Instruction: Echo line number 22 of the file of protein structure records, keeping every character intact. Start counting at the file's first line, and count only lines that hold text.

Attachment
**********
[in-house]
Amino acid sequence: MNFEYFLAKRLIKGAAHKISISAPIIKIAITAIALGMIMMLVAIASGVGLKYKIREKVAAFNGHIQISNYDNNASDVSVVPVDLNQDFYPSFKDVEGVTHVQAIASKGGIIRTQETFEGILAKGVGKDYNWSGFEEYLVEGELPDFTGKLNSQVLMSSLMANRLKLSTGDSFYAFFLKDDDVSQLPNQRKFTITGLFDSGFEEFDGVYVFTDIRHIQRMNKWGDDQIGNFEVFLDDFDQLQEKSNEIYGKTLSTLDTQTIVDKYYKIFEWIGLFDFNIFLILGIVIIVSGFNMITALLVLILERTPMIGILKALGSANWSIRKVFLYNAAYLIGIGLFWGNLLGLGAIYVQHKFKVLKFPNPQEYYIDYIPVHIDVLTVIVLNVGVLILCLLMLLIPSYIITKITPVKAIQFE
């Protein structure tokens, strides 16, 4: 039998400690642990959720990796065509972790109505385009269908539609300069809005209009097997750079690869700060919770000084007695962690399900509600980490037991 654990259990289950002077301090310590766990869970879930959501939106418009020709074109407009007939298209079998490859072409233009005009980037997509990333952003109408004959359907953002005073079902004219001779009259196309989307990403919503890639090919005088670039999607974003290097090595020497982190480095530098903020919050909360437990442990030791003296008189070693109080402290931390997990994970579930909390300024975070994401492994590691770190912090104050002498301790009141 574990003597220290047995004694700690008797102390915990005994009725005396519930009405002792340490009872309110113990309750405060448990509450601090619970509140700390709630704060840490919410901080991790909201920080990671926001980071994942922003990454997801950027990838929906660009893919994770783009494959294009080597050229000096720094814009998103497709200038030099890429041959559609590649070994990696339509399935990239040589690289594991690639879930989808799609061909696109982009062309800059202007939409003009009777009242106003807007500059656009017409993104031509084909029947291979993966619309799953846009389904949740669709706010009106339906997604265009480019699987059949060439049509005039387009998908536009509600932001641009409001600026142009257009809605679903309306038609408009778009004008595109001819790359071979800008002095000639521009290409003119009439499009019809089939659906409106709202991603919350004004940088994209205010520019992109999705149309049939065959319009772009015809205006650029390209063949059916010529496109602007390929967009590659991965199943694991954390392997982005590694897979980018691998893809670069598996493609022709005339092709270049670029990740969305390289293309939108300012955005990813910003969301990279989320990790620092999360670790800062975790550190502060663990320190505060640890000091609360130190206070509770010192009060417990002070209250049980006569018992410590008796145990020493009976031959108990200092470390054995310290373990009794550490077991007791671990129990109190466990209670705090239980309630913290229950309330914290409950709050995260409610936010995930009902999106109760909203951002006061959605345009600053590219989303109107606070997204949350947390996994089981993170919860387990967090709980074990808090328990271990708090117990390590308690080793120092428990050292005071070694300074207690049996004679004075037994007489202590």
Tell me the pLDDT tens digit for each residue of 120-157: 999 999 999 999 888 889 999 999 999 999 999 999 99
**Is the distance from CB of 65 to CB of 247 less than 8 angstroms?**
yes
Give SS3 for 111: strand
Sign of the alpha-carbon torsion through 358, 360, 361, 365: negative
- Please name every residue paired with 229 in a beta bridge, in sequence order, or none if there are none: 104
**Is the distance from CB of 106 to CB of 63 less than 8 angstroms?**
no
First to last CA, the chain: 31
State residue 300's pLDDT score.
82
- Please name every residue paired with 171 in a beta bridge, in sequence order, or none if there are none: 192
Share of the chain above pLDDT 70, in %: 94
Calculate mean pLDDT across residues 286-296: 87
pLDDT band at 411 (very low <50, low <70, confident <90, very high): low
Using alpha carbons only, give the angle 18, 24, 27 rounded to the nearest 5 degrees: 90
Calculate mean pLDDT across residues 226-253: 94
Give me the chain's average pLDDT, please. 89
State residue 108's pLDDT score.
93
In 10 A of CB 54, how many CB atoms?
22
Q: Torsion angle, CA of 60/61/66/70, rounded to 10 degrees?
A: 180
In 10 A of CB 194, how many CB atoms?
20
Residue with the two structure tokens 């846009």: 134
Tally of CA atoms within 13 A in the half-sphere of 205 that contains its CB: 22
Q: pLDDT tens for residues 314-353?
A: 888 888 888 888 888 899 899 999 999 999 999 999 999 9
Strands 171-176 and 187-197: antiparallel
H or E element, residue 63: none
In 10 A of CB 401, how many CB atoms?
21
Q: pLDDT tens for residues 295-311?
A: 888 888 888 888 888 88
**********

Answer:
State residue 108's pLDDT score.